I feel like I’ve been describing a lot of my favorite things by saying they are “charming.” It may be the case, but I cannot escape the adjective with regard to this book. It is a novel, a middleweight example of the genre, and a perfectly enjoyable read.

We join Faris Nallaneen at the gates of Greenlaw College in turn-of-the-century France. She is attempting to gain entry, though she doesn’t particularly want to attend. She is the duchess of a small country called Galazon, which is situated somewhere amidst a semi-fictionalized Europe. The book follows her progress through the gates of the college, and to all else beyond, till she reaches the World’s End.

Most everything about Faris seems rather awkward and ill-fitting, but she is a winning heroine nevertheless. She is nobility, but taken away from her duties and her homeland, she is fiercely eager to return, and it sometimes robs her of her manners. She is feisty and stubborn, and though she is obliged to take her education far from home, she is convinced the claim that students can leave having learned magic is aught but superstition and fancy.

She makes friends and enemies both while at the school, and despite her skepticism, manages not only to learn magic, but even to perform some; accidentally, and later with a will. She is sent away from school to answer larger responsibilities and takes with her the best friend she made during her time in the college, one Jane Brailsford. She also has in her company Reed and Tyrian; one a subject from her homeland, the other a hired gun. As Faris begins to realize the scope of her duties, both to Galazon and the world, she is confronted with ever more dramatic encounters with the magic she wasn’t even sure she believed in.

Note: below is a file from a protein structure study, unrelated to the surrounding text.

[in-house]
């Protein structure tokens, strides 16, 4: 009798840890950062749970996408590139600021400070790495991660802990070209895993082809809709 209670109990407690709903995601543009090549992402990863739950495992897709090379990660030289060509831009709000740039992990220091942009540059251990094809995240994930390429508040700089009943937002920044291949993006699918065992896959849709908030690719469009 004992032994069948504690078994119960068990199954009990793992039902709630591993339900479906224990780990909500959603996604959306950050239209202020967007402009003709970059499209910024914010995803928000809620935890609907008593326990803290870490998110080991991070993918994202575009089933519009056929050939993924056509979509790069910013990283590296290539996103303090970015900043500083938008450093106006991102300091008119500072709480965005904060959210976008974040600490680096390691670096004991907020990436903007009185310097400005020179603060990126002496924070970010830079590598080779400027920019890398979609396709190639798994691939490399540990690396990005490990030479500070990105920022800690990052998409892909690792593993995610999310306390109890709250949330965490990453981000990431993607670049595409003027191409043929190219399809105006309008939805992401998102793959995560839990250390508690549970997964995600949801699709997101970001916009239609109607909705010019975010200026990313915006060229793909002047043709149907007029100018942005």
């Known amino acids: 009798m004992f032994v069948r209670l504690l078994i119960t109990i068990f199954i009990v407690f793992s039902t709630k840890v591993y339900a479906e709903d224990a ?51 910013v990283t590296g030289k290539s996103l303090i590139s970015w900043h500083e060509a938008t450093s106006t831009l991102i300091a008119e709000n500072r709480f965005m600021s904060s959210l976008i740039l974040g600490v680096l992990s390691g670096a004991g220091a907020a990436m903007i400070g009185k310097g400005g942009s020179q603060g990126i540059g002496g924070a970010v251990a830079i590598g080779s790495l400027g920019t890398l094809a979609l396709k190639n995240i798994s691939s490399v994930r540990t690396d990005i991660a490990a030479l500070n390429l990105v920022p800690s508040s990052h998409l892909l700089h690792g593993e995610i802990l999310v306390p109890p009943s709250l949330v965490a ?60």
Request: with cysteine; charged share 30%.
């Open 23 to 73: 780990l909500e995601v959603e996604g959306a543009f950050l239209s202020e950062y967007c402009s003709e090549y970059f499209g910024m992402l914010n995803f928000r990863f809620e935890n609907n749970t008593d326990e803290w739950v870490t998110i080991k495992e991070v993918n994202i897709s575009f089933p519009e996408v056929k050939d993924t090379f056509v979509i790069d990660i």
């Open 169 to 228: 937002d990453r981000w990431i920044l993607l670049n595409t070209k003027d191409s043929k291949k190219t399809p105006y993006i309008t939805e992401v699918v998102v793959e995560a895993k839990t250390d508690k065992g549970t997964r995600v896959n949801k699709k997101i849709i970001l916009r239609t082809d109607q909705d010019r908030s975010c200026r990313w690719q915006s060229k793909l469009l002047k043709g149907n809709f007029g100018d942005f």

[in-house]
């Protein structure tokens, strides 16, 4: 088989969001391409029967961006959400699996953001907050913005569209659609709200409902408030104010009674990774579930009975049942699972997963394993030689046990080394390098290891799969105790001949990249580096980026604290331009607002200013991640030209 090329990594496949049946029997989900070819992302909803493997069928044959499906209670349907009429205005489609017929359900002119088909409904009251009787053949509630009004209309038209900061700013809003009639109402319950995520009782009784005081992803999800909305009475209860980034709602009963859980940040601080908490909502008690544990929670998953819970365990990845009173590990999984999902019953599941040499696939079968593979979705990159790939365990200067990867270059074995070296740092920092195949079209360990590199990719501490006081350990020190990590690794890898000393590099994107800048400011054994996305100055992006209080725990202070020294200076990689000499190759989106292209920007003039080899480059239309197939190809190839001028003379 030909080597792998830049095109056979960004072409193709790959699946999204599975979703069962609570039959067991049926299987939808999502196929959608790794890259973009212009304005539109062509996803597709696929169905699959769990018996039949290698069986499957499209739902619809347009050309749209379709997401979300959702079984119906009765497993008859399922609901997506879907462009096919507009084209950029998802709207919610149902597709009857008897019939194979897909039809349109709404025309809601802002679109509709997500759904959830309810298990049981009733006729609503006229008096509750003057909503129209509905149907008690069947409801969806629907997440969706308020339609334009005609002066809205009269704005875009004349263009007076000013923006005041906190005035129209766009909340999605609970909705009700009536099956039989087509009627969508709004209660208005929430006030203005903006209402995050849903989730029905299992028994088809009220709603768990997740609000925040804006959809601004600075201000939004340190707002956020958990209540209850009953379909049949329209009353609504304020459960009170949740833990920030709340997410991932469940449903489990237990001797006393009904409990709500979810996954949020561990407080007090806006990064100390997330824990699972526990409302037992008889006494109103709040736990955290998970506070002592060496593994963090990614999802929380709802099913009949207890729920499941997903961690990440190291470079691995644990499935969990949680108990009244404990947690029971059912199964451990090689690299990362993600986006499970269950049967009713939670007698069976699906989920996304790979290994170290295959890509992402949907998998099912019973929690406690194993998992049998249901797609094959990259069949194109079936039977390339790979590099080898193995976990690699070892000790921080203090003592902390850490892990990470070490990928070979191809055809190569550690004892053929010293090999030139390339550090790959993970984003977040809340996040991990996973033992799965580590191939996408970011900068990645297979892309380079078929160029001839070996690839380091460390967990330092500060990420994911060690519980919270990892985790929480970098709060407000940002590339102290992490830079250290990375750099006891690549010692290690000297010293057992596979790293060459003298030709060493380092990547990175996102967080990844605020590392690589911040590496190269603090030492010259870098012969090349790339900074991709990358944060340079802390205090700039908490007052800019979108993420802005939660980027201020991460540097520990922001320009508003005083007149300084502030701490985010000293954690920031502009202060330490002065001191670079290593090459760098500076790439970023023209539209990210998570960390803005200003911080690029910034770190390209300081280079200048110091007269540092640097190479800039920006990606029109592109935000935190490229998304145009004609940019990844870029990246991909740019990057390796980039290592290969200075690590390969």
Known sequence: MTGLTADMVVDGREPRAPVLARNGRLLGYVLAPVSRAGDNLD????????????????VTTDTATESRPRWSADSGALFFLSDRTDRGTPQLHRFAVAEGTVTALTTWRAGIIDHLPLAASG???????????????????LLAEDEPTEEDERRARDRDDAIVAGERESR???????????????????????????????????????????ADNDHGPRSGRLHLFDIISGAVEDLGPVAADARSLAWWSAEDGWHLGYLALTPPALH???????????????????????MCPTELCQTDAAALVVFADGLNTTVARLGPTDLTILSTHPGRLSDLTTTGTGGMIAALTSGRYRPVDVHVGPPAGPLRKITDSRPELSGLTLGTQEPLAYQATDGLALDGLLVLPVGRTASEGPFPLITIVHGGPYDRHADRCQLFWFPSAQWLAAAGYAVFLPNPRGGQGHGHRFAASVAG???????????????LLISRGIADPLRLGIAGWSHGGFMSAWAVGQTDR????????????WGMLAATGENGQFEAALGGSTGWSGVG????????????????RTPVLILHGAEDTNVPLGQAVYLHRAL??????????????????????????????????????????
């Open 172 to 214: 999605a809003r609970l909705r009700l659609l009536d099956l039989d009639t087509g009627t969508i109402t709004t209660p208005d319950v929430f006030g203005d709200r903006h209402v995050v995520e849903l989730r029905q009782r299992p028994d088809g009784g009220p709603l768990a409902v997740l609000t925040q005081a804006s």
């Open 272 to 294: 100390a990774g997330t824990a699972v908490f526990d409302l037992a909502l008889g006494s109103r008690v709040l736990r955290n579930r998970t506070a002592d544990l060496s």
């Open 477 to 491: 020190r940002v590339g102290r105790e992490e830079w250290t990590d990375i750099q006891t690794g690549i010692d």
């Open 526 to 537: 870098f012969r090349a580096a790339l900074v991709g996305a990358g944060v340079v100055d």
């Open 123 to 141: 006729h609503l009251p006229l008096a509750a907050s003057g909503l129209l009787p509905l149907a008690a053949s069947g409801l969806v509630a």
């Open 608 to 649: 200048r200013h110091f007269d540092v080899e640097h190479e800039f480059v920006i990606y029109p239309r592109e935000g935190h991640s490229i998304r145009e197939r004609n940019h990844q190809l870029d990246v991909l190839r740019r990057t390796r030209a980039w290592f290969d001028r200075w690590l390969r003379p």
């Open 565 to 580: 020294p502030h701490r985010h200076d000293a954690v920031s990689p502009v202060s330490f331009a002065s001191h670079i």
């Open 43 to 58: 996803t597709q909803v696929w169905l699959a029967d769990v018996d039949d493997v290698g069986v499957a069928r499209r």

This book touches on so many themes, yet it manages never to wander away from what is essentially an entertaining romp. Stevermer has a wry sense of humor, and all the characters display a sound appreciation for the absurd. Though the novel focused primarily on Faris, all of her companions and cohorts are fully fleshed out and three dimensional. Even Menary, as Faris’ primary antagonist, manages to be winning in her utter disregard for anything but her own pleasure. As they range all over the face of Europe, we feel more closely drawn in to the tight little clique that Faris has created around her. There is a feeling of friendly intimacy with these characters that is actually rather difficult to achieve in most stories. This sense of inclusion lends itself to becoming absorbed in this tale to a considerable degree.

And though it cannot be called totally uncluttered, the story is engaging in the extreme and touches on various compelling topics; duty, politics, romance, family, and the value of a sound liberal education. As Faris is suffering through deportment, her teacher scolds her for failing to execute her stance with proper finesse. Faris retorts that deportment is a stale discipline, and asks why should she not form her own fashions. Dame Brachet replies

You must form your own fashions in a way which demonstrates that you flout the standards from knowledge, not from ignorance[…]

From the first words, Faris followed this speech with eyes narrowed, “But I may flout the standards?”

“Of course,” said Dame Brachet with some asperity “What do you think standards are for?”

I think in the haste toward rebellion, or the weariness with traditions we feel are pointless, many people forget this very important truth.

Stevermer uses her language with skill and flair. She has as much a sense of fun with her prose as she does with her plot, and this always makes a read much more enjoyable to my mind. She isn’t taking herself too seriously, even though she is communicating some very touching and meaningful sentiments about love and duty throughout. And though the book is indeed romantic in style, the light touch with with Stevermer handles the actual romance in the story somehow makes it touching and dignified in a way with many authors fail by revealing too much; inviting too much scrutiny to be cast upon the most private dealings.

I customarily sit down with this book and find myself completely absorbed. I enjoy being in the act of reading it. It is comfortable and familliar without ever becoming stale. At just under 400 pages I can tear through it in a long afternoon, but I enjoy the process of savoring it. You can tell how much I love a book by how abused it looks; more so if I have a second copy that isn’t for reading, but rather just to have. Mine is edges curled, water stained, sauce be-spotted, and even slightly torn in spots. It’s condition a testament to it’s place in my heart.